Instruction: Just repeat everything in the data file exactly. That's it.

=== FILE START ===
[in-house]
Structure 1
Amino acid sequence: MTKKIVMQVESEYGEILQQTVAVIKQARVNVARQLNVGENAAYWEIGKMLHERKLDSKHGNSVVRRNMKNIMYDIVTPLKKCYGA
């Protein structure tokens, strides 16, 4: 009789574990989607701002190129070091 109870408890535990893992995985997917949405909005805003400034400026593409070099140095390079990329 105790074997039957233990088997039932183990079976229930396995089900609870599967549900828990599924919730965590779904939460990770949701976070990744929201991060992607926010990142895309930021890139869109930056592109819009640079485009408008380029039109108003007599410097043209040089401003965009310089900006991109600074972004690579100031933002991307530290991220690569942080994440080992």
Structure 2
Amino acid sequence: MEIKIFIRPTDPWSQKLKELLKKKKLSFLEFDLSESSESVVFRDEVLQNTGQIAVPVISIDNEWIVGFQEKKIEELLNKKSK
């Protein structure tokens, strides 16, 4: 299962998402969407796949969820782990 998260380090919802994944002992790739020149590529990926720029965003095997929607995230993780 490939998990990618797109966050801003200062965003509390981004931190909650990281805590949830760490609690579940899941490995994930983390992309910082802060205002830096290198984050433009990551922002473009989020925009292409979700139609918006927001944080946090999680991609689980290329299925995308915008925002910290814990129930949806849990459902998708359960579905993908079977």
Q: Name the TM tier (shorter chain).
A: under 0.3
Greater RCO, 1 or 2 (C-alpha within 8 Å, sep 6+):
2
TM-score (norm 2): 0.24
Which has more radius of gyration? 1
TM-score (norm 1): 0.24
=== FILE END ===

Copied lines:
[in-house]
Structure 1
Amino acid sequence: MTKKIVMQVESEYGEILQQTVAVIKQARVNVARQLNVGENAAYWEIGKMLHERKLDSKHGNSVVRRNMKNIMYDIVTPLKKCYGA
């Protein structure tokens, strides 16, 4: 009789574990989607701002190129070091 109870408890535990893992995985997917949405909005805003400034400026593409070099140095390079990329 105790074997039957233990088997039932183990079976229930396995089900609870599967549900828990599924919730965590779904939460990770949701976070990744929201991060992607926010990142895309930021890139869109930056592109819009640079485009408008380029039109108003007599410097043209040089401003965009310089900006991109600074972004690579100031933002991307530290991220690569942080994440080992």
Structure 2
Amino acid sequence: MEIKIFIRPTDPWSQKLKELLKKKKLSFLEFDLSESSESVVFRDEVLQNTGQIAVPVISIDNEWIVGFQEKKIEELLNKKSK
């Protein structure tokens, strides 16, 4: 299962998402969407796949969820782990 998260380090919802994944002992790739020149590529990926720029965003095997929607995230993780 490939998990990618797109966050801003200062965003509390981004931190909650990281805590949830760490609690579940899941490995994930983390992309910082802060205002830096290198984050433009990551922002473009989020925009292409979700139609918006927001944080946090999680991609689980290329299925995308915008925002910290814990129930949806849990459902998708359960579905993908079977």
Q: Name the TM tier (shorter chain).
A: under 0.3
Greater RCO, 1 or 2 (C-alpha within 8 Å, sep 6+):
2
TM-score (norm 2): 0.24
Which has more radius of gyration? 1
TM-score (norm 1): 0.24